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Thread: How Tiananmen crackdown left a deep scar on #China’s military psyche - Many of those involved feel profound ‘guilt and shame’ over the lives lost in Beijing 30 years ago, according to two former PLA officers scmp.com/news/china/mil…
Move to tone down language used to describe movement as ‘political turmoil’ rather than a ‘counter-revolutionary rebellion’ came from army. The brutal crackdown on peaceful protesters 30 years ago saved the Communist Party’s rule, but it has become a cross to bear for the Army.
They said the move to tone down the language around the crackdown reflected the anxiety and shame felt by many rank-and-file officers over a fateful decision that has tainted the military’s reputation and legacy.
Up to that point, the PLA had been widely respected by the Chinese public. Even during the turbulent decade of the Cultural Revolution from 1966, the military was largely uninvolved. Rather, it was instrumental in bringing an end to the chaos & setting China on a path of reform.
The crackdown in 1989 was unprecedented for the PLA and dealt a crippling blow to its reputation and morale – and the question over the legitimacy of the decision to send in the tanks and open fire on the protesters remains.
“I believe the Tiananmen crackdown will be revisited one day, it’s just a matter of time. The ultimate responsibility will fall to those military leaders who directly implemented the decision,” a retired researcher with the PLA’s Academy of Military Science said.
Throughout history and across cultures, following orders has been a fundamental principle of military service. But the absence of a written order on the mission from the commander in chief – late paramount leader Deng Xiaoping – puts its legality in doubt.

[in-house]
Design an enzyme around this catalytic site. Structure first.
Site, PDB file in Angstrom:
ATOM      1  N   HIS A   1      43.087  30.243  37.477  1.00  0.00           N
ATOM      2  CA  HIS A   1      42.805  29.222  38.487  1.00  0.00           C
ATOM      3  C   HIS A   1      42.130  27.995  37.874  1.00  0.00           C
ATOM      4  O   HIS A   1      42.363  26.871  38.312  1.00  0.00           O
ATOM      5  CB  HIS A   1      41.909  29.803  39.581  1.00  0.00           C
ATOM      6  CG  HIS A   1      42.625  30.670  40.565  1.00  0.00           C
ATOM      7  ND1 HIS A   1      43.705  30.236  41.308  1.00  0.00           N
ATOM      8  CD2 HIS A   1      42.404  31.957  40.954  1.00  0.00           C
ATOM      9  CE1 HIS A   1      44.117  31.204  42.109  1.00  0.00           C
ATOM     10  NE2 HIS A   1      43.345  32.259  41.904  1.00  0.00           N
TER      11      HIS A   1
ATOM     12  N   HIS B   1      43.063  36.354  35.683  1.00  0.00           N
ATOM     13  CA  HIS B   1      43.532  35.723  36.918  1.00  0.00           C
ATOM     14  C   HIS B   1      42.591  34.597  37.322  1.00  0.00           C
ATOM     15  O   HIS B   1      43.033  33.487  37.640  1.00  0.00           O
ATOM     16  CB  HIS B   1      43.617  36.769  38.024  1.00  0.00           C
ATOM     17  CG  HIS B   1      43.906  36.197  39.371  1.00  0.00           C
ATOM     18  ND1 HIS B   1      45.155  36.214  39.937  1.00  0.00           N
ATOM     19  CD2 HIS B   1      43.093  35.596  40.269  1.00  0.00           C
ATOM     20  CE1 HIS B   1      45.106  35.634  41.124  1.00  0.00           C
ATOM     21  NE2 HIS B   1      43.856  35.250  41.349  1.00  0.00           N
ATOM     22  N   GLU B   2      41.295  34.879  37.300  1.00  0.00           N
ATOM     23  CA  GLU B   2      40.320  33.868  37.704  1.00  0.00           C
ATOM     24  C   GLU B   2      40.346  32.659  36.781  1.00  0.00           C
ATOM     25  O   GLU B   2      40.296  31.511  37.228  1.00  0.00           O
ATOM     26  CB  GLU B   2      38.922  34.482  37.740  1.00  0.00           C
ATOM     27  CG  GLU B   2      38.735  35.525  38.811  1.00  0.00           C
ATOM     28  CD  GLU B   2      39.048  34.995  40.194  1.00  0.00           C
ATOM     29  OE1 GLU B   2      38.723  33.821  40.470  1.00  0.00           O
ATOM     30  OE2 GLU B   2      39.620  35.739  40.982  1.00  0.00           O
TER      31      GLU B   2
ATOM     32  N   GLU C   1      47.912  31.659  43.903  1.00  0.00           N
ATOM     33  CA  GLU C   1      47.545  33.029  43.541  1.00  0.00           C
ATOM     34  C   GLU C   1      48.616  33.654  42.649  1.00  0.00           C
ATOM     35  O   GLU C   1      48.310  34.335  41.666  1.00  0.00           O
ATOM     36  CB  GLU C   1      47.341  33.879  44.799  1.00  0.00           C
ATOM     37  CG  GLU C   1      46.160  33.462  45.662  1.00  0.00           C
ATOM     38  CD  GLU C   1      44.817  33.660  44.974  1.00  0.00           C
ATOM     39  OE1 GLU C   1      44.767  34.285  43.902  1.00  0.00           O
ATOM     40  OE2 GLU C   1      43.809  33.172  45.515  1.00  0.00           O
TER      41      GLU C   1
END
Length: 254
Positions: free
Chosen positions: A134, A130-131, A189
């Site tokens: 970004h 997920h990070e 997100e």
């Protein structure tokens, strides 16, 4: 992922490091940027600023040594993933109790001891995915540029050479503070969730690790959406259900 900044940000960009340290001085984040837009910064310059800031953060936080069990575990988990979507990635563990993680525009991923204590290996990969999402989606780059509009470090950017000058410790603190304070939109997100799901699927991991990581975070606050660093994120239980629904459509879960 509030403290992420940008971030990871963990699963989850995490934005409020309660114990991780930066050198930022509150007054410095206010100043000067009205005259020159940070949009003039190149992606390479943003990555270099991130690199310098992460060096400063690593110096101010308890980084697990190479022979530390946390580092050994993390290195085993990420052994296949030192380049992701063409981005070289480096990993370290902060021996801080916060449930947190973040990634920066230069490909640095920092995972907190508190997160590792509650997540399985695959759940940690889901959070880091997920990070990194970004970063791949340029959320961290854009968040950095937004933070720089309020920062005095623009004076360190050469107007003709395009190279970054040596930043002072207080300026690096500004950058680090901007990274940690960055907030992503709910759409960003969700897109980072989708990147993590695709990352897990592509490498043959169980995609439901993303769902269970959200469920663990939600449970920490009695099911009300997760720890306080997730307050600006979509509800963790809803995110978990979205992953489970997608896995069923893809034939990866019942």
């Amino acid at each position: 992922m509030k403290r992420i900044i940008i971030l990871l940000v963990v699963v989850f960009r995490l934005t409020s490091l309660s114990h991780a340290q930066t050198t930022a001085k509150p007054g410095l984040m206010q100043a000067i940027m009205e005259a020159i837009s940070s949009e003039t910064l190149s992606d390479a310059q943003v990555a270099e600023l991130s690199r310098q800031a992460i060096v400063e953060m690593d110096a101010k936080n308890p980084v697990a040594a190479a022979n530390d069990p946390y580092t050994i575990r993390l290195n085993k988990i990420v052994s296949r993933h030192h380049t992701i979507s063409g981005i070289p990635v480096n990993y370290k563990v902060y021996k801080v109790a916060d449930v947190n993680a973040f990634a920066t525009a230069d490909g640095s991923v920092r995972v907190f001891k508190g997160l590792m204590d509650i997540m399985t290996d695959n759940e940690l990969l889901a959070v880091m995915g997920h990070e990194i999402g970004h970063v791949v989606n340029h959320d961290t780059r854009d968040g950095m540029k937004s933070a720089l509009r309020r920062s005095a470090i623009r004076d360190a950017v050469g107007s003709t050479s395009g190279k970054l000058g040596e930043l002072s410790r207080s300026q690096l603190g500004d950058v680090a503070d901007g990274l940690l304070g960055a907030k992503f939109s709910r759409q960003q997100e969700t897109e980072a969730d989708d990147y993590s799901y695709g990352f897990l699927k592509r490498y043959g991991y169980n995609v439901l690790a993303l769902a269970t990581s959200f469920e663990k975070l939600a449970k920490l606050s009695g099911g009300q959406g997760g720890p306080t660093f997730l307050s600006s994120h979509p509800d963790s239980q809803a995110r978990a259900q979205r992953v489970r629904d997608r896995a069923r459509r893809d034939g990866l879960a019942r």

“No matter whether it is one or 10,000 people killed, it’s wrong to shoot at unarmed civilians,” said a retired PLA officer who served in the army’s political department & also declined to be named. “But the troops had to do this dirty job because the party’s rule was in danger.”
Many commanders involved in the crackdown questioned the decision to use force to quell the protests, particularly since they had only been given a verbal order from above & never saw a written instruction from Deng, chairman of the Central Military Commission.
This was further complicated by the fact that Zhao Ziyang, the party’s general secretary at the time, openly opposed a military crackdown. Without the support and approval of the party’s chief, the operation violated the long-held principle of “the party commanding the gun”.
Even then CMC vice-chairman Yang Shangkun and Xu Qinxian, commander of the 38th Army Corps that had been sent to Beijing, had qualms about carrying out the verbal order, according to the former researcher.
It is not known how many troops were sent in to crush the protests, but the number could be as high as 200,000, according to a book by US-based scholar Wu Renhua.
The retired PLA political officer said the instruction to commanders was to “clear out Tiananmen Square by June 4 – and whoever stands in our way is an enemy of the state”.
“Most officers and soldiers were only trained to use heavy weapons like machine guns and tanks. They didn’t even know there were things like rubber bullets, tear gas or other kinds of non-lethal weapons for crowd control,” said the former officer.
“To meet the deadline to clean up the square, some commanders asked their troops to shoot into the air to scare away the crowds – that was the only thing they could think of doing,” he said.
But although they started off firing into the air, ricocheting bullets hit many protesters as they fled and in the chaos and bloodshed, inexperienced troops panicked and started firing into the crowd, according to the former officer.
The army’s clean image was destroyed overnight, and in the minds of many, renmin zidibing – the army of our sons – became the feared and reviled tool of a killing regime. It also left a psychological scar on the military
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